134. Orion says:

    Mitchell #131,

    IMO, when people can easily manage PITI that is 30% of monthly income, then we have hit bottom. Until then, it’s la-la land.

  135. Orion says:

    Grim #65,

    Some REO’s are MLS listed, some are not. So I’d guess the ones that aren’t MLS listed are not counted as existing homes inventory.

  136. 3b says:

    #135 Marito:Here, guys finish HS and don’t know where India is.

    Or Canada.

  137. dreamtheaterr says:

    Marito, point taken. Of course people know of Thomas Edison. Immigrants come to the US because of a chance to pursue their dreams and expand their creativity amidst endless opportunities.

    My point was simply that people don’t move to Edison NJ because they want to be the next Edison. Would you move to Alexandria, Egypt because you want to be the next Alexander? Probably not.

  138. Orion says:

    OT-

    A state official told me the additonal city tax imposed on homesellers WILL pass. If anyone disagrees with this additonal tax, you’d better start calling Trenton today.

  139. John says:

    Bring them on over and I will kick them in the ear and make them half deaf.

    dreamtheaterr Says:
    September 26th, 2007 at 2:57 pm
    a lot of immigrants like edison since they want their sons/daughters to be next thomas edison.

  140. Hehehe says:

    People move to Edison to be near the economic activity in NYC, duh.

  141. chicagofinance says:

    ETFs bastardize the index concept, but those based on a specific index [versus those in development to be actively managed] are completely misleading. Sector ETF’s are by-definition active management.

    The postive qualities of ETF’s are convenience, immediate broad exposure, cost efficiency.

    Sector or focus removes the broadness and some ETF have high expense considering that they are doing nothing.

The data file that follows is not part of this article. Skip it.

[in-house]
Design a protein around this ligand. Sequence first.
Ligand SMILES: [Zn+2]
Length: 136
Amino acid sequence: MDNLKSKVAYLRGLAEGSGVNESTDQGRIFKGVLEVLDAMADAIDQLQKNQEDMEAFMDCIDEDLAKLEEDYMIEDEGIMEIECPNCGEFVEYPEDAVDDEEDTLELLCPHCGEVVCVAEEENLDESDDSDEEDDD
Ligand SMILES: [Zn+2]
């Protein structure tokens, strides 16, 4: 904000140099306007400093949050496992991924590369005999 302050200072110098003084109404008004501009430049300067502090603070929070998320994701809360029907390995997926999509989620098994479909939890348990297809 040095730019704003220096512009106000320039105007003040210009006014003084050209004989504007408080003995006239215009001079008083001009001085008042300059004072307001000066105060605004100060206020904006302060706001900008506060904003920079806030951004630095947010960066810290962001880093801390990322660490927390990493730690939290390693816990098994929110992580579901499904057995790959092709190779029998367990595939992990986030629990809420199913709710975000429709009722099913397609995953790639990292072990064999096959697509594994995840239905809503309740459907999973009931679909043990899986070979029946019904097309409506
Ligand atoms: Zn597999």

USES? A nice place to park money until you figure out the detail of your strategy.

  142. bi says:

    135#, 139#,
    It may be true in some failed school district. But I would argue that some top-ranked public schools are better than those in India or Chinese. The schools in U.S. encourage creativity and individualism while the schools in some developing countries tend to emphasize test scores. This is why almost all the great inventions in last century were happened here. And I believe it will remain true in our lifetime. While BC Bob always think other currencies are backed by more valuable asset, I believe American Dollar is backed by the most valuable asset – the most creative people.

  143. dreamtheaterr says:

    #143, John I didn’t say that. It’s in italics….track the messenger.

  144. 3b says:

    #146 bi: believe American Dollar is backed by the most valuable asset – the most creative people.

    There you have it people, currency backed by people.

  145. Clotpoll says:

    reech (104)-

    You’re so cute when you’re in denial.

    BTW, I just went on my first visit to a prospective seller with a $1,000,000 house that must be sold short. He lives in Somerset Co’s version of Brigadoon, too.

    Funny thing is, in our little Brigadoon, I can show you five listings right now @ 800K+ where the seller is underwater.

  146. John says:

    This is strange – While working with Alexander Graham Bell to discover words of greeting, Edison is credited as creating the word “Hello” as a telephone greeting in 1877.[44][45][46] Bell, however, preferred “Ahoy-hoy” as a greeting.[47] (Hello is a variant on the old word hallo.)

    Edison had three sons and three daughters and all three sons never had kids – you would think that would be impossible considering one of his kids was the governor of NJ and another was a big shot at GE!!!!!

  147. Clotpoll says:

    ChiFi (107)-

    The WSJ should stick to finance. Johnny Damon is also American Indian.

  148. John says:

    dreamtheaterr Says:
    September 26th, 2007 at 3:47 pm
    #143, John I didn’t say that. It’s in italics….track the messenger.

    still funny. By the way Edison was not an imigrant, his parents were but they moved from canada so they spoke english.

  149. Clotpoll says:

    3b (127)-

    You don’t know whether you’ve overpaid until you attempt to sell your house.

    There is no way of knowing you’ve overpaid at the time of purchase.

  150. JBJB says:

    Any opinions on a good locations (in NNJ or CNJ) for a couple with one working in Allendale and the other on the Upper East Side?

  151. njrebear says:

    clot,
    Reech makes the appearence of being in denial.

  152. BuyNextYear says:

    Here is a funny comment that I came across on WSJ about a housing article:

    “I am trying to sell a home in San Jose now and having one heck of a time…these buyers think I should mark down my price by 25%!!! I wonder what they are smoking? I can see 3 to 5% markdown, but not one cent more…I have even offered to finance them if they put down a substantial downpayment! “